strangulation

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Related to manner of death: mechanism of death

stran·gu·la·tion

 (străng′gyə-lā′shən)
n.
1.
a. The act of strangling or strangulating.
b. The state of being strangled or strangulated.
2. Medicine Constriction of a body part so as to cut off the flow of blood or another fluid: strangulation of the intestine.
ThesaurusAntonymsRelated WordsSynonymsLegend:
Noun1.strangulation - the act of suffocating (someone) by constricting the windpipestrangulation - the act of suffocating (someone) by constricting the windpipe; "no evidence that the choking was done by the accused"
suffocation, asphyxiation - killing by depriving of oxygen
2.strangulation - the condition of having respiration stopped by compression of the air passage
disorder, upset - a physical condition in which there is a disturbance of normal functioning; "the doctor prescribed some medicine for the disorder"; "everyone gets stomach upsets from time to time"
3.strangulation - (pathology) constriction of a body part so as to cut off the flow of blood or other fluid; "strangulation of the intestine"
constriction - the action or process of compressing
pathology - the branch of medical science that studies the causes and nature and effects of diseases
Translations
خَنْق
zardoušení
kvælningstrangulering
eltöm és
kyrking
škrteniezaškrtenie
boğ ma

strangulation

[ˌstræŋgjʊˈleɪʃən] Nestrangulación f

strangulation

[ˌstræŋgjʊˈleɪʃən] nstrangulation f
She died by strangulation → Elle est morte par strangulation.

strangulation

n
(= being strangled)Ersticken nt; (= act of strangling)Erwürgen nt, → Erdrosseln nt; death was due to strangulationder Tod trat durch Ersticken ein
(Med) → Abschnürung f, → Abbindung f

strangulation

[ˌstræŋgjʊˈleɪʃn] nstrangolamento

strangle

(ˈstrӕŋgl) verb
to kill by gripping or squeezing the neck tightly, eg by tightening a cord etc round it. He strangled her with a nylon stocking; This top button is nearly strangling me!
ˌstranguˈlation (-gju-) noun

stran·gu·la·tion

n. estrangulación.
1. asfixia o sofocación gen. causada por obstrucción de las vías aéreas;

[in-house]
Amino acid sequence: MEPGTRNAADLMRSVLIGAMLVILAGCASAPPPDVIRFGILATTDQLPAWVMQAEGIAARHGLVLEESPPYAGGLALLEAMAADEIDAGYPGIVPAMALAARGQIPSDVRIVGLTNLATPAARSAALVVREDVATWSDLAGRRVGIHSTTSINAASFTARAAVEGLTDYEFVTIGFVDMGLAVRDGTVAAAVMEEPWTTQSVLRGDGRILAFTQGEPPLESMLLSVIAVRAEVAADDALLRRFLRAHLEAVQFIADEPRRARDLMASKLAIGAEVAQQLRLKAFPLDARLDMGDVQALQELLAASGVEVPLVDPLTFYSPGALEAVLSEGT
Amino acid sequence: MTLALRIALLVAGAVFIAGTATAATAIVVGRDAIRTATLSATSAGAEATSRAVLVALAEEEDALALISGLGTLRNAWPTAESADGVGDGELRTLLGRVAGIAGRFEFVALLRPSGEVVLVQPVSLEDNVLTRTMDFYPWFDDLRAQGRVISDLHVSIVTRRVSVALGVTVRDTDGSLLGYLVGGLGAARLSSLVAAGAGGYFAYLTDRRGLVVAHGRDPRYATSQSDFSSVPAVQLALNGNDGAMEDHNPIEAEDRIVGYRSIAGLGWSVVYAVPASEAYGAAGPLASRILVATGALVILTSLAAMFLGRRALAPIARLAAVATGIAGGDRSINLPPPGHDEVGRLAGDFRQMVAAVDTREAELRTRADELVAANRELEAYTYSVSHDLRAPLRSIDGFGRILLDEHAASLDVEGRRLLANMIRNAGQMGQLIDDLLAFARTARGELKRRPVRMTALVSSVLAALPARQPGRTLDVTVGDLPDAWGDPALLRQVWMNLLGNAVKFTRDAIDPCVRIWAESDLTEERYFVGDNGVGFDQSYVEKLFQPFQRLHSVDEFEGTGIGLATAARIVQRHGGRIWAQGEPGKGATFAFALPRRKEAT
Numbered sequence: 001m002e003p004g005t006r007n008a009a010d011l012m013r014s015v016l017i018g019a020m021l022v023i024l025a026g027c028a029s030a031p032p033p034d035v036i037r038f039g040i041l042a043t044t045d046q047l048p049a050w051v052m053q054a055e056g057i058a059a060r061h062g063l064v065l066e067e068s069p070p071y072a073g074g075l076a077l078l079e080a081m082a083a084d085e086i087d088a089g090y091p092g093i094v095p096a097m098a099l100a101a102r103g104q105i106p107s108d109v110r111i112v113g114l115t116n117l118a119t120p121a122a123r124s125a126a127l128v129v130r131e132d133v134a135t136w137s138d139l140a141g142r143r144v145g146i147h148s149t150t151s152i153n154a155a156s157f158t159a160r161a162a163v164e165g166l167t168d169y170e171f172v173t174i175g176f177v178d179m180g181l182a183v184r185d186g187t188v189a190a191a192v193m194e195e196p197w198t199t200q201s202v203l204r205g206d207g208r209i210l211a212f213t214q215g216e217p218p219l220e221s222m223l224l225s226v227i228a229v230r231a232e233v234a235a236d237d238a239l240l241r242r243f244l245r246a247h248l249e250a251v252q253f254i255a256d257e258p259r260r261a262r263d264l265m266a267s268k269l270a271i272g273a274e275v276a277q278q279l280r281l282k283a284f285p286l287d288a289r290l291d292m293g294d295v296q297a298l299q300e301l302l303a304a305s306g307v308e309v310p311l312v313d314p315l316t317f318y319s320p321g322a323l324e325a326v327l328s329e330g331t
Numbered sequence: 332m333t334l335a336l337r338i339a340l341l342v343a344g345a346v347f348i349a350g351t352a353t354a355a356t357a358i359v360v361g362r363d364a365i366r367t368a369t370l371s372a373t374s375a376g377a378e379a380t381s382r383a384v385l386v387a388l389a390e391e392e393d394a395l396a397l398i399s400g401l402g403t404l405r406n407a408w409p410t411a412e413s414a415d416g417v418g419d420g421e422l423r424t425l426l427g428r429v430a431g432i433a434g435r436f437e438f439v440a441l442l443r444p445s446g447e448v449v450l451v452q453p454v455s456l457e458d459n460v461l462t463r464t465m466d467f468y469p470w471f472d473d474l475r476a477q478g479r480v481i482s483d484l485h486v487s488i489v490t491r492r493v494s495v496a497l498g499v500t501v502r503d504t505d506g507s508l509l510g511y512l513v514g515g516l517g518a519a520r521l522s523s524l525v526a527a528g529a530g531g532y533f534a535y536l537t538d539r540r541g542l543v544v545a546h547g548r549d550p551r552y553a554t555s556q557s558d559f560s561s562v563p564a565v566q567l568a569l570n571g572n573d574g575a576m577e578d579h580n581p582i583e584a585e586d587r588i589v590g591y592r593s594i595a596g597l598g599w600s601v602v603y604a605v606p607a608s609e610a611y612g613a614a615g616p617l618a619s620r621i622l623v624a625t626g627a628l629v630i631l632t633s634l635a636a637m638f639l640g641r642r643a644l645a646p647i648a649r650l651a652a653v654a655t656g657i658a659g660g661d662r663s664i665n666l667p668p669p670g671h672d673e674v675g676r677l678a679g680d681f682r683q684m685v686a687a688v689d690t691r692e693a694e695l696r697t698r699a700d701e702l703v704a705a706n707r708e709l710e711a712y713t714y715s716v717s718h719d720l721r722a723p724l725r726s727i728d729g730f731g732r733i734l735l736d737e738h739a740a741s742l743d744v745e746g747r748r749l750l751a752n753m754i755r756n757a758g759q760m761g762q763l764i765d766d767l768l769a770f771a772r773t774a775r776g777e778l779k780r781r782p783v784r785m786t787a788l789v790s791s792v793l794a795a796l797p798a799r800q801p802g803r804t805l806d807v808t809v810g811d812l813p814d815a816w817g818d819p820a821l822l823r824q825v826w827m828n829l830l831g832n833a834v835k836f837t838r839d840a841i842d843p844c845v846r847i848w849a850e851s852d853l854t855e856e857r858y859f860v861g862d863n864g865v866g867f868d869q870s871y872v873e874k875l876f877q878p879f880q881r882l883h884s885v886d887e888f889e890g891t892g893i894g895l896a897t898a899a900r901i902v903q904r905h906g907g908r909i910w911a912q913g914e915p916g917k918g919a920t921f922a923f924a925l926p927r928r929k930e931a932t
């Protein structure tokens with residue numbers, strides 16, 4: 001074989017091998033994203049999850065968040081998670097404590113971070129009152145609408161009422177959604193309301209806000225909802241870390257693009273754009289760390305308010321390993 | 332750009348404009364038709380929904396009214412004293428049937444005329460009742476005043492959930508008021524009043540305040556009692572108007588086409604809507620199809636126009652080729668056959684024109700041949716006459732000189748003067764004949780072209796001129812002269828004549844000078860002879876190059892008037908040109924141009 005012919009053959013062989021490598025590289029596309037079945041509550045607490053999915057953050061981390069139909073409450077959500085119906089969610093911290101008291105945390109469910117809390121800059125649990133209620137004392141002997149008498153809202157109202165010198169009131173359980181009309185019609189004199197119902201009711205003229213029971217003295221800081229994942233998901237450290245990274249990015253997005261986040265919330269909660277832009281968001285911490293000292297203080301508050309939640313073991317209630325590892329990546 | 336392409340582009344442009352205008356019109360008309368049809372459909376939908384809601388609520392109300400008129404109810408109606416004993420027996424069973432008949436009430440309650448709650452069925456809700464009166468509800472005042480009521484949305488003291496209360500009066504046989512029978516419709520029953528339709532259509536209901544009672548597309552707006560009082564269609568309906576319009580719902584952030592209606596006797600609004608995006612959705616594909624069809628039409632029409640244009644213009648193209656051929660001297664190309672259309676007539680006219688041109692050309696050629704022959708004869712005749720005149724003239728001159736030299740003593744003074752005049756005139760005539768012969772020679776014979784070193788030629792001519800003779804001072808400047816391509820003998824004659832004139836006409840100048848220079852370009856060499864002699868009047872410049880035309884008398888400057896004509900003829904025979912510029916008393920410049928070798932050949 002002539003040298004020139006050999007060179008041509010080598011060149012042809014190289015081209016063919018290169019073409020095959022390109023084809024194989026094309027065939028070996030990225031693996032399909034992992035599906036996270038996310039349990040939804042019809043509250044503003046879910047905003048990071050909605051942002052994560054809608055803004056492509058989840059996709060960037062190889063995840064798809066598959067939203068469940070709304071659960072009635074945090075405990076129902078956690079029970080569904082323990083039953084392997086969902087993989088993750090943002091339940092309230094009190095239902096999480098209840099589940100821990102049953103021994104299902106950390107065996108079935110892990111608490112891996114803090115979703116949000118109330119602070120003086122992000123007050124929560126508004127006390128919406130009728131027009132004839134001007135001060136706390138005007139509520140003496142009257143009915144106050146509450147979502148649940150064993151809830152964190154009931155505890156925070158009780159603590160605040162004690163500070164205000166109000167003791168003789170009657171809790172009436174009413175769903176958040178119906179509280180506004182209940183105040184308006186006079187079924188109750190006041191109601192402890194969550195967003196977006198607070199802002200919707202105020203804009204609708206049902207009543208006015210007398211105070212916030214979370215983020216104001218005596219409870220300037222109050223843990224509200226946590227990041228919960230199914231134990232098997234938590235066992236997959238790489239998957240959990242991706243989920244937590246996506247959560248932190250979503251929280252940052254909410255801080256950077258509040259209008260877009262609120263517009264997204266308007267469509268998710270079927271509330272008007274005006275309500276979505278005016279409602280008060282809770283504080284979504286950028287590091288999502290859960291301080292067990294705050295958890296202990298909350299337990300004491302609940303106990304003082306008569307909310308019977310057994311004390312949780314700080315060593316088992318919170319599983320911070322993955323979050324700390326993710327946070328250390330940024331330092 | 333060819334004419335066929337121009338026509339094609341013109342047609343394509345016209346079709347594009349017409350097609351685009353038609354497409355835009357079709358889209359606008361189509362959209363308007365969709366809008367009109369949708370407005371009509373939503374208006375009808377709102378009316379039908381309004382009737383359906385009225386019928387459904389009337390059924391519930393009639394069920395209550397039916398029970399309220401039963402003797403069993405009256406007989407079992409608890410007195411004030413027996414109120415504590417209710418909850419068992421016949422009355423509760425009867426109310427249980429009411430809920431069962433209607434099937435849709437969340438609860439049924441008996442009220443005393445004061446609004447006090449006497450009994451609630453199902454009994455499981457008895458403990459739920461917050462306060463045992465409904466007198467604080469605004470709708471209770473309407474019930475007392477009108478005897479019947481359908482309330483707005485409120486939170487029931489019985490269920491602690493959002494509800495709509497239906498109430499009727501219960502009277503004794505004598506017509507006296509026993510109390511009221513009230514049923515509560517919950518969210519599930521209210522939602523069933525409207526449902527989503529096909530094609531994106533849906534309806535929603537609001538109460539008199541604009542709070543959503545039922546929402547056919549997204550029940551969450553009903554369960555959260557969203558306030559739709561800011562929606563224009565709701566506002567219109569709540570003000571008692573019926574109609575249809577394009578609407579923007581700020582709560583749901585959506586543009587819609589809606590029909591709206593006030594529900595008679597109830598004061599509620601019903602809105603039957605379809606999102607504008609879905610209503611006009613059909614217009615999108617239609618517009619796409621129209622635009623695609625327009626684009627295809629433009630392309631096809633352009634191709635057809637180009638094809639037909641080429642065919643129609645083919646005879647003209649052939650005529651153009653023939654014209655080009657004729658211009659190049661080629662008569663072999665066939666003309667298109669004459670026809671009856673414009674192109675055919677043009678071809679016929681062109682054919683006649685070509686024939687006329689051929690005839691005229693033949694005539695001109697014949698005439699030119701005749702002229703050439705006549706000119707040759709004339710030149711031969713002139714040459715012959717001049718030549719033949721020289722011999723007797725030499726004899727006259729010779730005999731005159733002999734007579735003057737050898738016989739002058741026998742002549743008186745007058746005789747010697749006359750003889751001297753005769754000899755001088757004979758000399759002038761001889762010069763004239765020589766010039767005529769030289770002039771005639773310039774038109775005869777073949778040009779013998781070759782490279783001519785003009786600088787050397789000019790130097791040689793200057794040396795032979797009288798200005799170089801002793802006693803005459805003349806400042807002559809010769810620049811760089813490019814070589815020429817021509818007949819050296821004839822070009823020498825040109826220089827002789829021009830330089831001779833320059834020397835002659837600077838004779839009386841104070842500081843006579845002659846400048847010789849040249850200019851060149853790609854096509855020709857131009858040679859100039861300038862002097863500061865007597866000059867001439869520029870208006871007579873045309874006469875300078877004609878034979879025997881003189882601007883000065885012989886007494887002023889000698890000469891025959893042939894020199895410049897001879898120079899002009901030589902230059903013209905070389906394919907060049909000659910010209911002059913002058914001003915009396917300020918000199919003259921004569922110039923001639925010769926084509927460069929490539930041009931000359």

2. constricción de un órgano o estructura debida a compresión.

strangulation

n estrangulación f
References in classic literature ?
The reader knows the manner of death of Robert de Clermont, Marshal of France, and of Jean de Châlons, Marshal of Champagne; and yet the question was only of a certain Perrin Marc, the clerk of a money-changer, a miserable assassin; but the two marshals had broken the doors of St.
My liege," said Sir Nigel, "it is a very small matter that I should be hanged, albeit the manner of death is somewhat more ignoble than I had hoped for.
The DeKalb County coroner said the manner of death was undetermined but that he had not found a high amount of pill capsules in her stomach.
There is still no cause or manner of death listed, however, with an investigation into the matter ongoing and Salling's body being held at the facility for further testing.
amp;nbsp;Dennis Chute, the Dutchess County Medical Examiner said Grover was killed from a gunshot wound to his head, adding "The manner of death is homicide.
The Lane County Medical Examiner's Office is working to determine the cause and manner of death.
The chief medical examiner's office is yet to confirm the identity and manner of death even though the police believe it to be of the girl.
A statement released on Friday said: "The manner of death has been ruled undetermined.
2,13] The Inquest Act of 1959 [14] precludes forensic pathologists from reporting the manner of death, i.
But if death is already terrifying for many people, why make it worse by taking away the little control they may have over their manner of death in the cases of terminal illness?
Berkeley County Coroner Bill Salisbury told WBCD that the shooting was a justifiable homicide: "We will be ruling the manner of death as a homicide, but it was a justifiable homicide.
Data on cause or manner of death were not available for this research.